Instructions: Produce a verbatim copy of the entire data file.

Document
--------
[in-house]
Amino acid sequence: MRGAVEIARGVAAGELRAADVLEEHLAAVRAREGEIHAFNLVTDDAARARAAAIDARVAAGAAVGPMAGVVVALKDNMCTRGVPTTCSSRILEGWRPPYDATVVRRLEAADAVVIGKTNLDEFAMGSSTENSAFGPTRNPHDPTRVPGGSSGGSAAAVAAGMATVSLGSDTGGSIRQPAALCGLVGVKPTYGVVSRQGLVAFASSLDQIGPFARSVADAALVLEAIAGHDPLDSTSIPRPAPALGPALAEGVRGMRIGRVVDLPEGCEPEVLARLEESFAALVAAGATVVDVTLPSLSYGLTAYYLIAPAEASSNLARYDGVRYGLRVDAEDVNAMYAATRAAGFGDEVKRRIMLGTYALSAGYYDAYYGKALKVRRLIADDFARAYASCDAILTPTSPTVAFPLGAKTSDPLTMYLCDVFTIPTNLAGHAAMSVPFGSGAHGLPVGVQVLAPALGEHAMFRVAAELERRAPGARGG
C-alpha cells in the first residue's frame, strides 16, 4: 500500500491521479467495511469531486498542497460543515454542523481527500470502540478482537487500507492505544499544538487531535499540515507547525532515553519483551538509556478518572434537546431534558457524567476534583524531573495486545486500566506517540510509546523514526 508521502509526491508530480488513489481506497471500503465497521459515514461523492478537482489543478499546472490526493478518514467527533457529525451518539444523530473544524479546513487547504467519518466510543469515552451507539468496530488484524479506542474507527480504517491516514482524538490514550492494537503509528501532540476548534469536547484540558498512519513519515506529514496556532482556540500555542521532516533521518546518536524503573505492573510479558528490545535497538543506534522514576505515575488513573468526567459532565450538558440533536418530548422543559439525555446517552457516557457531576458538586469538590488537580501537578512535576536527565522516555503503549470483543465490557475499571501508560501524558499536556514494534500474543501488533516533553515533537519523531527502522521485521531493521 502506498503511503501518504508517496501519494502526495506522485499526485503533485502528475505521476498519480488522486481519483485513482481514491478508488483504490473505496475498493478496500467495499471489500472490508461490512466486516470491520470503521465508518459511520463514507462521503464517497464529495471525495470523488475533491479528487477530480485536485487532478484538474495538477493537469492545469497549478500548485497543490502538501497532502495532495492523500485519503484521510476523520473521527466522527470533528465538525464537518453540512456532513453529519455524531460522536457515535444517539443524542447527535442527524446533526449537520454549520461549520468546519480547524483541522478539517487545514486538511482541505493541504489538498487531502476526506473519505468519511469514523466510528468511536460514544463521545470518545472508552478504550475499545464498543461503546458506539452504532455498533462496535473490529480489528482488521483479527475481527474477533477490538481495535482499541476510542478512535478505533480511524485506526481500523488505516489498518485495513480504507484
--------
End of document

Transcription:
[in-house]
Amino acid sequence: MRGAVEIARGVAAGELRAADVLEEHLAAVRAREGEIHAFNLVTDDAARARAAAIDARVAAGAAVGPMAGVVVALKDNMCTRGVPTTCSSRILEGWRPPYDATVVRRLEAADAVVIGKTNLDEFAMGSSTENSAFGPTRNPHDPTRVPGGSSGGSAAAVAAGMATVSLGSDTGGSIRQPAALCGLVGVKPTYGVVSRQGLVAFASSLDQIGPFARSVADAALVLEAIAGHDPLDSTSIPRPAPALGPALAEGVRGMRIGRVVDLPEGCEPEVLARLEESFAALVAAGATVVDVTLPSLSYGLTAYYLIAPAEASSNLARYDGVRYGLRVDAEDVNAMYAATRAAGFGDEVKRRIMLGTYALSAGYYDAYYGKALKVRRLIADDFARAYASCDAILTPTSPTVAFPLGAKTSDPLTMYLCDVFTIPTNLAGHAAMSVPFGSGAHGLPVGVQVLAPALGEHAMFRVAAELERRAPGARGG
C-alpha cells in the first residue's frame, strides 16, 4: 500500500491521479467495511469531486498542497460543515454542523481527500470502540478482537487500507492505544499544538487531535499540515507547525532515553519483551538509556478518572434537546431534558457524567476534583524531573495486545486500566506517540510509546523514526 508521502509526491508530480488513489481506497471500503465497521459515514461523492478537482489543478499546472490526493478518514467527533457529525451518539444523530473544524479546513487547504467519518466510543469515552451507539468496530488484524479506542474507527480504517491516514482524538490514550492494537503509528501532540476548534469536547484540558498512519513519515506529514496556532482556540500555542521532516533521518546518536524503573505492573510479558528490545535497538543506534522514576505515575488513573468526567459532565450538558440533536418530548422543559439525555446517552457516557457531576458538586469538590488537580501537578512535576536527565522516555503503549470483543465490557475499571501508560501524558499536556514494534500474543501488533516533553515533537519523531527502522521485521531493521 502506498503511503501518504508517496501519494502526495506522485499526485503533485502528475505521476498519480488522486481519483485513482481514491478508488483504490473505496475498493478496500467495499471489500472490508461490512466486516470491520470503521465508518459511520463514507462521503464517497464529495471525495470523488475533491479528487477530480485536485487532478484538474495538477493537469492545469497549478500548485497543490502538501497532502495532495492523500485519503484521510476523520473521527466522527470533528465538525464537518453540512456532513453529519455524531460522536457515535444517539443524542447527535442527524446533526449537520454549520461549520468546519480547524483541522478539517487545514486538511482541505493541504489538498487531502476526506473519505468519511469514523466510528468511536460514544463521545470518545472508552478504550475499545464498543461503546458506539452504532455498533462496535473490529480489528482488521483479527475481527474477533477490538481495535482499541476510542478512535478505533480511524485506526481500523488505516489498518485495513480504507484